• Migraines with aura: Women who experience migraines with visual disturbances (aura) are at a higher risk of stroke, especially if they smoke or use hormonal contraceptives. 

3. Recognizing the signs and symptoms 

Some stroke symptoms are universal and can be remembered through the acronym BE FAST

  • Balance problems 
  • Eye problems 
  • Face drooping 
  • Arm weakness 
  • Speech slurring 
  • Time to call 911 

However, it’s important to understand that women may experience additional or different symptoms.  

“Women may have nontraditional stroke symptoms, which may make it difficult to know if you’re having a stroke or q need medical attention,” Dr. AlRabia said.  

These symptoms may include: 

  • Sudden and severe headache 
  • Fatigue and weakness 
  • Dizziness or loss of balance 
  • Confusion or difficulty understanding 
  • Nausea 
  • Vomiting 

“These symptoms may not always fit the typical stroke presentation, but they shouldn’t be ignored,” Dr. AlRabia said. “Time is of the essence when it comes to stroke treatment, so act quickly and call 911. Every minute matters to save the brain.” 

4. Lifestyle factors and prevention 

When it comes to preventing strokes, adopting a healthy lifestyle can make a difference in your health. This includes: 

  • Checking your blood pressure: Get your blood pressure checked regularly during wellness exams. Treat high blood pressure if you have it. 
  • Healthy diet: Eating a balanced diet rich in fruits, vegetables, whole grains and lean proteins can help manage blood pressure and cholesterol levels. Some heart-healthy diets include the Mediterranean diet or the DASH diet
  • Regular exercise:Studies show physical activity reduces the lifetime risk of vascular disease, stroke and heart disease in women,” Dr. AlRabia said.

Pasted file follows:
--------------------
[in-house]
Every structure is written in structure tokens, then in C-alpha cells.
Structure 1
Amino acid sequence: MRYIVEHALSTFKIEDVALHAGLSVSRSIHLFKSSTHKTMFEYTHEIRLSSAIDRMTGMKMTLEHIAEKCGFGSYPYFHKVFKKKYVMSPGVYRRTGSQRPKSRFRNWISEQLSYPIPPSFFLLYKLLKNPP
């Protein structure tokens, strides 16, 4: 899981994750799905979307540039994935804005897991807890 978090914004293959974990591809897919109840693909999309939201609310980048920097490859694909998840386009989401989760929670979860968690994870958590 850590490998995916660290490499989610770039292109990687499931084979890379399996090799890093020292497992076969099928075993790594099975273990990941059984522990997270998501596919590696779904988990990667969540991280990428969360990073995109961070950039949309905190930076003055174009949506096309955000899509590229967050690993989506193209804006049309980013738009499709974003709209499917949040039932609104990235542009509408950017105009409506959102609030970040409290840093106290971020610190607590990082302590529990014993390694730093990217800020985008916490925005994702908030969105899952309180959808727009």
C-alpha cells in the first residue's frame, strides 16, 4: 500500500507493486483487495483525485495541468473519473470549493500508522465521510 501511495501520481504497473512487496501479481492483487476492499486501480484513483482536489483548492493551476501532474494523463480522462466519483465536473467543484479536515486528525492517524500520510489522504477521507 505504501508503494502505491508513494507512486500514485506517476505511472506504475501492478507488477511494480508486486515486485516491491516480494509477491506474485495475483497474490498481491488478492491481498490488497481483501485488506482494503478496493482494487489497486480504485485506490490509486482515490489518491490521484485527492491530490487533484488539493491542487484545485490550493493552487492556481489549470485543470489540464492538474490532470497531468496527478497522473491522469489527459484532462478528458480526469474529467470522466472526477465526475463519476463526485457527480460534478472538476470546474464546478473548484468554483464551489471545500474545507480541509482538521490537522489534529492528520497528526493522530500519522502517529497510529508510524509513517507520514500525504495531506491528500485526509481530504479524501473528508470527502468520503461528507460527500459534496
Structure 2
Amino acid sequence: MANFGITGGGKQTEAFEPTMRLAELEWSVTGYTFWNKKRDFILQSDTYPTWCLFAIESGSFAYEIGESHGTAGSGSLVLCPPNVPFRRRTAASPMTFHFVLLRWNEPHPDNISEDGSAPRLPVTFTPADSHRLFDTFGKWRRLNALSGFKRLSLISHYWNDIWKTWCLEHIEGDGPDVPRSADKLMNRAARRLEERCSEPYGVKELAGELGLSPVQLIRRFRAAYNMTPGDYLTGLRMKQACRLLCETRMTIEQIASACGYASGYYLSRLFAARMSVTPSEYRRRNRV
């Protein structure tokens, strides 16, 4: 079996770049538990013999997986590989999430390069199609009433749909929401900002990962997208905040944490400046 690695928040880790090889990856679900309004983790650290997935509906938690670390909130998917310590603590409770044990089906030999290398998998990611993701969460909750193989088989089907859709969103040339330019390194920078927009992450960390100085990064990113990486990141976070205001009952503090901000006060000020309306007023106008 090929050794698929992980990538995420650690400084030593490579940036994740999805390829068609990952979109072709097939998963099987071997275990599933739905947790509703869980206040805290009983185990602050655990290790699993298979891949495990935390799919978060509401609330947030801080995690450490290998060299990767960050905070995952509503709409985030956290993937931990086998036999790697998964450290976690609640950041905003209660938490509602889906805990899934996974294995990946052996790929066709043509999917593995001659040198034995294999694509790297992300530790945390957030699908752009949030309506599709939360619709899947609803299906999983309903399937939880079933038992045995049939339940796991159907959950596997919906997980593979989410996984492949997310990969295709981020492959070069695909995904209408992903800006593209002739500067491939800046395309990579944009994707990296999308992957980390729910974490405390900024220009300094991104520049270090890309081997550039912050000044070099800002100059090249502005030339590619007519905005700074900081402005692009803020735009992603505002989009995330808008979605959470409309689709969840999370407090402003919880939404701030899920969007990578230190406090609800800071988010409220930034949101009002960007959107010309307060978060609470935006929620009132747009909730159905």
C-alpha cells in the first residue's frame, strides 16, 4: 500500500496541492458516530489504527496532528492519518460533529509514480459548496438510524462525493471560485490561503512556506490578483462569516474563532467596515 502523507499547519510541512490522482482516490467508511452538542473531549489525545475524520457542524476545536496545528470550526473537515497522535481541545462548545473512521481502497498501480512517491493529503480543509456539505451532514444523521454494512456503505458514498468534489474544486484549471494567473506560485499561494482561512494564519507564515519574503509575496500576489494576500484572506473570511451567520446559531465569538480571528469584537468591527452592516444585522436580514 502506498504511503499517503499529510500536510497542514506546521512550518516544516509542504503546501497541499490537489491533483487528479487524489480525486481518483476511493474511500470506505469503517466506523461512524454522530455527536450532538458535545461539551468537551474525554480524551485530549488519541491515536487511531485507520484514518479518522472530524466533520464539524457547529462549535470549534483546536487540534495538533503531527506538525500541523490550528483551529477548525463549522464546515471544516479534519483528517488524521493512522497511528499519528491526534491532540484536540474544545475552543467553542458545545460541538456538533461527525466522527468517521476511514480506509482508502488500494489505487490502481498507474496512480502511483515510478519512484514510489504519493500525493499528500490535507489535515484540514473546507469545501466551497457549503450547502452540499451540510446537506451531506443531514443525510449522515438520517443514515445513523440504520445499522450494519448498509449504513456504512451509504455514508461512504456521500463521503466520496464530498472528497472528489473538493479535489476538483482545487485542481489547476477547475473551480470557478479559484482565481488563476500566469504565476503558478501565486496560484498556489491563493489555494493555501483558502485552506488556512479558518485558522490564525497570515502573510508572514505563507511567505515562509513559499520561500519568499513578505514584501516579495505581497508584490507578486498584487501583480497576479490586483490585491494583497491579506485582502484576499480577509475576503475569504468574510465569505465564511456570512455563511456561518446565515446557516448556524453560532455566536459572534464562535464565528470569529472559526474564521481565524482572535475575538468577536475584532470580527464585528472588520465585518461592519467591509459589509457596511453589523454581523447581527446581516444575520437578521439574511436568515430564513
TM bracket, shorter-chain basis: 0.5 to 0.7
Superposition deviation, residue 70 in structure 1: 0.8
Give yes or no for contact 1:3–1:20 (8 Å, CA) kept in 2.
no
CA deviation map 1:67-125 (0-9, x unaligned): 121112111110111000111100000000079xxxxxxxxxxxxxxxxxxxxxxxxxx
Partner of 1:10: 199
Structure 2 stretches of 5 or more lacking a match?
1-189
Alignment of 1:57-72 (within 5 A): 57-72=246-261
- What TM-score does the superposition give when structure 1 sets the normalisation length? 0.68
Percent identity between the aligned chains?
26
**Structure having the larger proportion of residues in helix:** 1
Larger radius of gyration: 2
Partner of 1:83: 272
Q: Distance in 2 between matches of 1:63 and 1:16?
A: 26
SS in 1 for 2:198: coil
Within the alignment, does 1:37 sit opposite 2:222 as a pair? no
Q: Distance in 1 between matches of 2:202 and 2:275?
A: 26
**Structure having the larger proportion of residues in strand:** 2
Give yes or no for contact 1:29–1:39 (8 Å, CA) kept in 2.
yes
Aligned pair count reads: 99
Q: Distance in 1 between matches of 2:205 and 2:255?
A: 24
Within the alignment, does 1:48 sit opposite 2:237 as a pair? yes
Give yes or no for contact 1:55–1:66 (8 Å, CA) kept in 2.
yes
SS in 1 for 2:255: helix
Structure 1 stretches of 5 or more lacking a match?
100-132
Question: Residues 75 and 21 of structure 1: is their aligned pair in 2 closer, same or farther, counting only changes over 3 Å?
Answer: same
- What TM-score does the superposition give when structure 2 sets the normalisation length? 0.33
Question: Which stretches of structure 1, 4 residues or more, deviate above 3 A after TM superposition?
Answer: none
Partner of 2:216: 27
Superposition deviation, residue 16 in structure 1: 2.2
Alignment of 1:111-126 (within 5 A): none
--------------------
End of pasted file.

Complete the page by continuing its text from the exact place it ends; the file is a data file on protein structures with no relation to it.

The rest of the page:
• Healthy weight: Being overweight or obese increases the risk of stroke. Strive for a healthy weight through diet and exercise. Talk to your health care provider if you need help losing weight.  
  • Avoid smoking and heavy drinking: Both can increase the risk of stroke, so quit smoking and limit alcohol intake. 
  • Be aware of family history: If you have a history or are at higher risk for vascular disease or heart disease, talk to your provider. You can also check your stroke risk with this assessment

5. Get help and support 

If you’re ever worried about your stroke risk or notice any unusual symptoms, reach out for help. Don’t hesitate to talk to your provider or a Banner Health specialist if you have concerns. They’re there to support you and can offer guidance on how to stay healthy and address any health issues you have. 

“Remember to speak up and advocate for yourself,” Dr. AlRabia said. “If you aren’t getting attention and good advice, it’s OK to find another provider or get another opinion.” 


Strokes are a serious health issue for women, but there are ways to protect yourself. By knowing what makes you more likely to have a stroke, spotting the warning signs and living a healthy lifestyle, you can take charge of your health and lower your chances of having a stroke. 

If you have questions or concerns, don’t wait. Schedule an appointment with your health care provider or a Banner Health specialist. It’s important to look after yourself and make choices that help you feel your best. 

For other related blogs, check out: 

Women's Health Brain and Spine Neurosciences Stroke